State-of-the-art eco-school has lost vital play space to property developers. Dorothy Lepkowska reports
It was conceived as a state-of-the-art eco-school for the 21st century, but five years after it opened Gateford Park primary is at the centre of a wrangle between the local authority, the district council and housing developers.
The one-acre site, in Worksop, Nottinghamshire, was supposed to serve a new housing estate, but the school is already too small, and land earmarked for expansion has been sold to developers.
Last week, pupils taking part in a sports day had to run twice around the school because the playground measures just 30 metres by 25 metres. Two mobile classrooms built to house its growing number of pupils are encroaching on playing space, and two more planned for September will reduce it still further.
Breaks and lunchtimes will be staggered next term so that the 306 pupils are not all using the playground at the same time.
And from September 2006, siblings could be turned away because the school will have to cut its intake of 60 pupils to 30.
Jane Stead, a parent-governor, said: "We have been lied to.
"We were told months ago that a compulsory purchase order would be issued by the LEA for the field next to the school. But we now find it has been sold to developers and no order has been served.
"The architects had already drawn up plans for the expansion of the school because we were told the land was ours. It is absolutely devastating."
Heather Taylor, headteacher, said: "Staff are making the best use of what we have."
Barratt Homes, which already had outline planning consent for 200 homes, bought the site more than a year ago. It has since begun building work.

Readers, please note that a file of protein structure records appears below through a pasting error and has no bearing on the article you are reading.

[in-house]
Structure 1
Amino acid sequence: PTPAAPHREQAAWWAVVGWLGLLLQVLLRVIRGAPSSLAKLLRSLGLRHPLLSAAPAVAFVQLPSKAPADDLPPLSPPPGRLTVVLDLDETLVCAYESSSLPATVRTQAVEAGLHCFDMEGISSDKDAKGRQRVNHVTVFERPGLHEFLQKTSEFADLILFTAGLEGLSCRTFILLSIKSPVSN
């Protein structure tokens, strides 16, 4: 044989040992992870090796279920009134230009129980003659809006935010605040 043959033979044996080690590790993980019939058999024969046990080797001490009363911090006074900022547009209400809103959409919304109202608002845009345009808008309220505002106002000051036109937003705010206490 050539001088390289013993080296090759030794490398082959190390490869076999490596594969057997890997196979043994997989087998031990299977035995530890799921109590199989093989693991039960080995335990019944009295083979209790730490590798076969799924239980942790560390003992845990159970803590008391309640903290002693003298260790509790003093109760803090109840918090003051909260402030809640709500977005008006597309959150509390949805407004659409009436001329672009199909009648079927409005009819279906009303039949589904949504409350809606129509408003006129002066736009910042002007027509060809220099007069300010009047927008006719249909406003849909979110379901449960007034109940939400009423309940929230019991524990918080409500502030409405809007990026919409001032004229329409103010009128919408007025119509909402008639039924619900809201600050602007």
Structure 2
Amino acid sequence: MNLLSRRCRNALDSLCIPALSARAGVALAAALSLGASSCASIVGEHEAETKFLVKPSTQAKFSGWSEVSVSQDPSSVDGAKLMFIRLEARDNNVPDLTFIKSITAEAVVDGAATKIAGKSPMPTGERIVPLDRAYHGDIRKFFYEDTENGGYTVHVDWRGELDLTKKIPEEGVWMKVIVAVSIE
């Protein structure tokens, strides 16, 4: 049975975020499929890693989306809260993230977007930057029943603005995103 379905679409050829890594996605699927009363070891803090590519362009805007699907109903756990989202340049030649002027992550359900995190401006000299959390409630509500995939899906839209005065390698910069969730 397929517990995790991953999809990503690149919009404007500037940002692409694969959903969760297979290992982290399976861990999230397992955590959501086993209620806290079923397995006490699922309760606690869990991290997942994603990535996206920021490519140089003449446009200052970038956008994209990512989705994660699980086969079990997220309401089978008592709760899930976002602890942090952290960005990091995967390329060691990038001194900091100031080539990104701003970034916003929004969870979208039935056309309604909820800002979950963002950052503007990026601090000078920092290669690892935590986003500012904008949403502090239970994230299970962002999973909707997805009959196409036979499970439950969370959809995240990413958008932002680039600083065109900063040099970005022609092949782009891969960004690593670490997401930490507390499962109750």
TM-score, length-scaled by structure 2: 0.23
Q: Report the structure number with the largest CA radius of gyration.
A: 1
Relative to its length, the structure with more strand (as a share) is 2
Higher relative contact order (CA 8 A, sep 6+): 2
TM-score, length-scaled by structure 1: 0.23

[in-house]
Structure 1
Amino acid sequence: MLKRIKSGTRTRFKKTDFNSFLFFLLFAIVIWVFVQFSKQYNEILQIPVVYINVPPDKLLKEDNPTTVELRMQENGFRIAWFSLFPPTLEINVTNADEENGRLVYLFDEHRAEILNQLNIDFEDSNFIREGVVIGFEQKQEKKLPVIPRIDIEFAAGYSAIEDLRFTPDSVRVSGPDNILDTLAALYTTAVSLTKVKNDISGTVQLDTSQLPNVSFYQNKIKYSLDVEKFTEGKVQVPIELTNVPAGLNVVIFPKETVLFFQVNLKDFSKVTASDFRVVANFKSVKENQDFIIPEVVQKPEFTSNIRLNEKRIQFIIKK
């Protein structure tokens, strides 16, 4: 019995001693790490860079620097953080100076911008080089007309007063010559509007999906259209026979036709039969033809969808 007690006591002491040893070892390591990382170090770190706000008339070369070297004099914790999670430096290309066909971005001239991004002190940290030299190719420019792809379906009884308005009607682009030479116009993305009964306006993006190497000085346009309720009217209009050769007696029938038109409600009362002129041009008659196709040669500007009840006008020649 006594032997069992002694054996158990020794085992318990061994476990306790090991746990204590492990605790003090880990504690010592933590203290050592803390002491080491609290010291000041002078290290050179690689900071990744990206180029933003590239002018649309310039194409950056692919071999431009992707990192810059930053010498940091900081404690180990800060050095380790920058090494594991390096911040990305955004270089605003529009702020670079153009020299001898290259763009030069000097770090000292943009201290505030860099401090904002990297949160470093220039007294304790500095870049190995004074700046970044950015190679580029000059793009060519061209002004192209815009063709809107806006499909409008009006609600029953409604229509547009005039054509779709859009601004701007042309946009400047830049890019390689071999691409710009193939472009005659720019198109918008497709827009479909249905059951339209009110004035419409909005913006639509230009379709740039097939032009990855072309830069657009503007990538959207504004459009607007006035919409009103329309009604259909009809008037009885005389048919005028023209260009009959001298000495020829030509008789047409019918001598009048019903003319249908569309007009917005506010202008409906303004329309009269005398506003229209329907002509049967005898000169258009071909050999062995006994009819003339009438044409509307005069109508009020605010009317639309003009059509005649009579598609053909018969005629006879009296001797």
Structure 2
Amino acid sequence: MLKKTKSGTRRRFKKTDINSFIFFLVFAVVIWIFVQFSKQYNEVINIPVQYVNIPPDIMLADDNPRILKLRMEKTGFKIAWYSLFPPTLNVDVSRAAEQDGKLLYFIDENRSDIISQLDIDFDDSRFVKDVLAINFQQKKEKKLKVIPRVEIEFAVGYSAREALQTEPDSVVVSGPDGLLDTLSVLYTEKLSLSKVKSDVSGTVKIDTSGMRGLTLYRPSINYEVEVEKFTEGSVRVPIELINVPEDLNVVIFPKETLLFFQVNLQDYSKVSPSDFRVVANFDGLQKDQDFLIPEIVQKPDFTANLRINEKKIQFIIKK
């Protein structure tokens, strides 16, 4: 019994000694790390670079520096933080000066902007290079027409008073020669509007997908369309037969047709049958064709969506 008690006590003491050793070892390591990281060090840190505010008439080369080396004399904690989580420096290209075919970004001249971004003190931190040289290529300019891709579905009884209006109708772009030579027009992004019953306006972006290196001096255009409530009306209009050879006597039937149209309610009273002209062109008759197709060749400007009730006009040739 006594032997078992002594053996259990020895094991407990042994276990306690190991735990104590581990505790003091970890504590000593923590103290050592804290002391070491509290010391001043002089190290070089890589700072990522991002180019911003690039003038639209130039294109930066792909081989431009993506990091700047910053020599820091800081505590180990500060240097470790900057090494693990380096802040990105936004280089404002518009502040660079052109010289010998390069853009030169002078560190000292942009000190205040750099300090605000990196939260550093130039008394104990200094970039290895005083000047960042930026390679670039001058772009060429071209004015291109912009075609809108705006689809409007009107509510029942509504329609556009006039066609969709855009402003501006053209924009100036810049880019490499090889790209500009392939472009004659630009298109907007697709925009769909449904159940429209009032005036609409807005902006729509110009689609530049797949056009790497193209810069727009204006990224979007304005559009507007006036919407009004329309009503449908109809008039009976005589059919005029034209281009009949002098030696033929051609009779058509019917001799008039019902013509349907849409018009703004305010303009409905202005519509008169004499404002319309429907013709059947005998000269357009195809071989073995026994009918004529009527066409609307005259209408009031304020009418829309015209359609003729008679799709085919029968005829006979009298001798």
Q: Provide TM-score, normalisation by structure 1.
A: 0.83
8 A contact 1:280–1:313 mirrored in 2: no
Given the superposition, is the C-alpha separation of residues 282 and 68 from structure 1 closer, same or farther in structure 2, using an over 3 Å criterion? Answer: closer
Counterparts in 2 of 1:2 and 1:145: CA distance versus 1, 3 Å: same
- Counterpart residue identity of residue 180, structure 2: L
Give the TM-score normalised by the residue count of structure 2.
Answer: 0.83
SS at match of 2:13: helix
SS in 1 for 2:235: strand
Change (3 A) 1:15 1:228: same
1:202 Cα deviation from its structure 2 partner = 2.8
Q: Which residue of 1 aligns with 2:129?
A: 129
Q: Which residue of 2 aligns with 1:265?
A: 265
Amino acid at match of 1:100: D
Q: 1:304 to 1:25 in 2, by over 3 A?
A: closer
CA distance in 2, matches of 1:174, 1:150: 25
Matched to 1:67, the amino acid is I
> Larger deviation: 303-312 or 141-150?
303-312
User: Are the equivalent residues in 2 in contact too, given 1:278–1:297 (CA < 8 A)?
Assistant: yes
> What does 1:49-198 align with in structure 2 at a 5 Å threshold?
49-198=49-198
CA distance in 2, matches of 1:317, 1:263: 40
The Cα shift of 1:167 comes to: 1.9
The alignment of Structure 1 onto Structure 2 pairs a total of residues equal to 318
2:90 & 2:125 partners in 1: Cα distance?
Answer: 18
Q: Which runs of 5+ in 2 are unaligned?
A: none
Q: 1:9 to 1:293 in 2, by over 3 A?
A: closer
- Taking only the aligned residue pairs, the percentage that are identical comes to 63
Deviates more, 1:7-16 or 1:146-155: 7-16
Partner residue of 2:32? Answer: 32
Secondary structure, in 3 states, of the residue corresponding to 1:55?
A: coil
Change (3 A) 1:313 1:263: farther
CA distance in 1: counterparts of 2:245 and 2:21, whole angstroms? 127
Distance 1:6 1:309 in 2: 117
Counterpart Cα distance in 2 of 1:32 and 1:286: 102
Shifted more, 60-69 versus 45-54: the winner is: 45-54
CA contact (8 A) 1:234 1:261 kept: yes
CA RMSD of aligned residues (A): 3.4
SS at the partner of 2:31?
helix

Bassetlaw district council's head of planning, Jim Kehoe, said: "The council's policy for the land is set out in the Bassetlaw local plan, which was finalised in 2001.
"It is allocated for residential development and this allocation was made on the recommendation of an independent inspector after a public inquiry."
Nottinghamshire county council said negotiations with Barratt about buying part of the land had failed and it now plans to issue a compulsory purchase order.
"If such an approach is unsuccessful, clearly the county council will need to explore alternative provision," a statement said.
A Barratt Group spokesman said the site was purchased in good faith in spring 2004.
He added: "Nottinghamshire county council subsequently suggested that a small part of the land should have been earmarked for educational purposes before we bought it, and that it may have to consider a compulsory purchase order. That order did not materialise and work on the development is now well under way."